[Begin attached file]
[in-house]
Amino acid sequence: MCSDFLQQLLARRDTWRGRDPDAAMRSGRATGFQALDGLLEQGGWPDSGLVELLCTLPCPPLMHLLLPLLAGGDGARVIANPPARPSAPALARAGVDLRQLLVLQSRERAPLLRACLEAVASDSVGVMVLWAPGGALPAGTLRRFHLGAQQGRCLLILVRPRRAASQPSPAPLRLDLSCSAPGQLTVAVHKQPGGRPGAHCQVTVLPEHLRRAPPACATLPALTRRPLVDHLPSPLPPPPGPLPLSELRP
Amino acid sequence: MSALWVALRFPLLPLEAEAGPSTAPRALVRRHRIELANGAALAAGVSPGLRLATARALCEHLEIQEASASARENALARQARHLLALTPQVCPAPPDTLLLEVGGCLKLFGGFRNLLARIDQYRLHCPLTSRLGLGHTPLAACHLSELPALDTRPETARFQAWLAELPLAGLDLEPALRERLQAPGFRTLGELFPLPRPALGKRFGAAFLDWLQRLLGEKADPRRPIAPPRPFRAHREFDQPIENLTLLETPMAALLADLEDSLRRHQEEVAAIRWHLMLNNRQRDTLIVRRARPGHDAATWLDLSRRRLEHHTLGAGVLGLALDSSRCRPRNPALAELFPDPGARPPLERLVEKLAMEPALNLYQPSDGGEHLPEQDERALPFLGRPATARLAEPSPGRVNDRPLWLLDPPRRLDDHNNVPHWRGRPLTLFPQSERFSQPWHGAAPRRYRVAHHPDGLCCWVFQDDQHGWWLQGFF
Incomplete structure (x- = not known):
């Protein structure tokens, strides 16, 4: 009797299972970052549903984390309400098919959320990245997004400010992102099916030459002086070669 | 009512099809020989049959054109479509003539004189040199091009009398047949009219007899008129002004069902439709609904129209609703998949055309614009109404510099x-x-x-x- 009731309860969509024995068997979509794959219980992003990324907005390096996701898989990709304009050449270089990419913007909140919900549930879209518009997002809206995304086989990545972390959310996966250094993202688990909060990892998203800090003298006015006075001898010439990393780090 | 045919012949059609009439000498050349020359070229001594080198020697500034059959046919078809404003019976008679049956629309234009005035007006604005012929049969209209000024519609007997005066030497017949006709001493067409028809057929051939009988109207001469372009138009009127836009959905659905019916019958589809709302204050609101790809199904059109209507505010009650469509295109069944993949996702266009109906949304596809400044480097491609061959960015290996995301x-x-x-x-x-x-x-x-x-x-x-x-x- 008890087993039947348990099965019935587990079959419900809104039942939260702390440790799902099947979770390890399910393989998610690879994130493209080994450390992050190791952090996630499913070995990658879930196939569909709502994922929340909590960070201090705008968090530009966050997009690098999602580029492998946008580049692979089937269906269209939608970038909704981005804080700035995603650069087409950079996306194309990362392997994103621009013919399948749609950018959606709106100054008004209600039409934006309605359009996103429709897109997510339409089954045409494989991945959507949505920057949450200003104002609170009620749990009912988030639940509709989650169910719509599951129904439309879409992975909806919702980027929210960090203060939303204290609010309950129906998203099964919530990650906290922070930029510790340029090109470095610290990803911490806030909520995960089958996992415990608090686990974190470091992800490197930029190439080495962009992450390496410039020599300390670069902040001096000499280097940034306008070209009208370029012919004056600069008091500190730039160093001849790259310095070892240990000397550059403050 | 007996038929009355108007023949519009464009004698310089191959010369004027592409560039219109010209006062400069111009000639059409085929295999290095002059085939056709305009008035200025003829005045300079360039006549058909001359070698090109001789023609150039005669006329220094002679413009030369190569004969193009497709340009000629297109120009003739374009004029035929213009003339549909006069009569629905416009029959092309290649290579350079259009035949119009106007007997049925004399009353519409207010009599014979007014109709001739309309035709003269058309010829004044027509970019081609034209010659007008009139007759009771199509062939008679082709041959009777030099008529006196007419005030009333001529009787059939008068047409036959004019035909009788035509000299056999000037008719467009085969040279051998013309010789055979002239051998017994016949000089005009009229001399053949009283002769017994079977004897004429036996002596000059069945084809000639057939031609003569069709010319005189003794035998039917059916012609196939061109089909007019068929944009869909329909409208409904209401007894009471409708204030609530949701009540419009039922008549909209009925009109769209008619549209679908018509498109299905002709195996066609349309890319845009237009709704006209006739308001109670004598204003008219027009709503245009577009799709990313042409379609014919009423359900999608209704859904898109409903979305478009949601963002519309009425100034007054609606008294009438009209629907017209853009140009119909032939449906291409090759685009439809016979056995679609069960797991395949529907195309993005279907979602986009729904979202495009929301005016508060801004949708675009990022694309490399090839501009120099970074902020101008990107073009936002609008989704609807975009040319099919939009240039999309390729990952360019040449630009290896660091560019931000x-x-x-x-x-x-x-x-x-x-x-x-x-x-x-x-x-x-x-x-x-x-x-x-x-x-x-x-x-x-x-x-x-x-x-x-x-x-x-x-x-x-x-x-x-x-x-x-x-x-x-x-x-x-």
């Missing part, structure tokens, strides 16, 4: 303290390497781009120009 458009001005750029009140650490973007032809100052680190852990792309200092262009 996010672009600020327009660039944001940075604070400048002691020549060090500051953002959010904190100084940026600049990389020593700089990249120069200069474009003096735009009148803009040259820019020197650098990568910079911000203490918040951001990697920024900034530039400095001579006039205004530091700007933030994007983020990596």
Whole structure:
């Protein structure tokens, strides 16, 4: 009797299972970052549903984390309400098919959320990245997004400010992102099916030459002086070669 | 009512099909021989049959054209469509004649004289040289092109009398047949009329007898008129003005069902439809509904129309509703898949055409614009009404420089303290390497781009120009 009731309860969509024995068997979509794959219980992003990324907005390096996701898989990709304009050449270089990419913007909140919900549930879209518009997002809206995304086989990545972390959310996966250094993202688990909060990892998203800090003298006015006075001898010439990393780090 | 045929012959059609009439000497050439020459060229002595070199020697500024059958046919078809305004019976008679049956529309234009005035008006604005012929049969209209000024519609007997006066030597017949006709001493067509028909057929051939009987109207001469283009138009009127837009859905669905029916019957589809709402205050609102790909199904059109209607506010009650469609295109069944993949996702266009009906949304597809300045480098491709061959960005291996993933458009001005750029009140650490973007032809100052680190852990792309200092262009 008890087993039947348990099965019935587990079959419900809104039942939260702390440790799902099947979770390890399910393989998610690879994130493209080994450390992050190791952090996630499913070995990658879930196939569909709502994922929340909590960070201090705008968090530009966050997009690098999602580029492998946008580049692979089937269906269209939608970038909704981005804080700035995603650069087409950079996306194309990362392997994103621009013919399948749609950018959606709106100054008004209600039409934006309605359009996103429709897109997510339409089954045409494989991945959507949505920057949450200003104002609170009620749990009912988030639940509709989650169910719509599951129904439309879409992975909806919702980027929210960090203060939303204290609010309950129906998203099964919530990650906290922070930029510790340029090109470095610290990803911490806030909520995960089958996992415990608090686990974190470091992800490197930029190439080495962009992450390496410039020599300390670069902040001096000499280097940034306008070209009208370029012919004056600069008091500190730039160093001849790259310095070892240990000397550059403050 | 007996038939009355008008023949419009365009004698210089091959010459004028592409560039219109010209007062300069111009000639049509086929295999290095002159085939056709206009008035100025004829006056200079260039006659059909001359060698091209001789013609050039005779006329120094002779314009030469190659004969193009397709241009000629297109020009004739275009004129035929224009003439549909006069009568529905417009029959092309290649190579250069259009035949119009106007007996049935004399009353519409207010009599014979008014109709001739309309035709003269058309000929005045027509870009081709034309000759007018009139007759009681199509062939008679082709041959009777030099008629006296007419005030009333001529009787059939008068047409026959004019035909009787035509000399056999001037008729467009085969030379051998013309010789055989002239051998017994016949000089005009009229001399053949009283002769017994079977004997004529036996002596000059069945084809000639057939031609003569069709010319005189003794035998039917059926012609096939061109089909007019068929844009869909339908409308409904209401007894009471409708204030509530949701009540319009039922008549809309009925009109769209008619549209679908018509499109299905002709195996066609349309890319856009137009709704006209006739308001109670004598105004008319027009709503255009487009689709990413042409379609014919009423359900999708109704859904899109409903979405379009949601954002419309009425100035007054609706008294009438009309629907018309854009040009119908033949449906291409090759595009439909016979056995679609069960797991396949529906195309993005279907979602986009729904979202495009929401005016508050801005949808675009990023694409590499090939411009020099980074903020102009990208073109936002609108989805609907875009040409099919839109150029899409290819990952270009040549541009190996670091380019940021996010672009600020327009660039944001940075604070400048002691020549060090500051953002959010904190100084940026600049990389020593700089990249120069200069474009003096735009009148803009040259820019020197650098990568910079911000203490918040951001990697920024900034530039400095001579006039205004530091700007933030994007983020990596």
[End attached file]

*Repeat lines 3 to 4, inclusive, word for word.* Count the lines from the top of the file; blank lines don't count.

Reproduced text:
Amino acid sequence: MSALWVALRFPLLPLEAEAGPSTAPRALVRRHRIELANGAALAAGVSPGLRLATARALCEHLEIQEASASARENALARQARHLLALTPQVCPAPPDTLLLEVGGCLKLFGGFRNLLARIDQYRLHCPLTSRLGLGHTPLAACHLSELPALDTRPETARFQAWLAELPLAGLDLEPALRERLQAPGFRTLGELFPLPRPALGKRFGAAFLDWLQRLLGEKADPRRPIAPPRPFRAHREFDQPIENLTLLETPMAALLADLEDSLRRHQEEVAAIRWHLMLNNRQRDTLIVRRARPGHDAATWLDLSRRRLEHHTLGAGVLGLALDSSRCRPRNPALAELFPDPGARPPLERLVEKLAMEPALNLYQPSDGGEHLPEQDERALPFLGRPATARLAEPSPGRVNDRPLWLLDPPRRLDDHNNVPHWRGRPLTLFPQSERFSQPWHGAAPRRYRVAHHPDGLCCWVFQDDQHGWWLQGFF
Incomplete structure (x- = not known):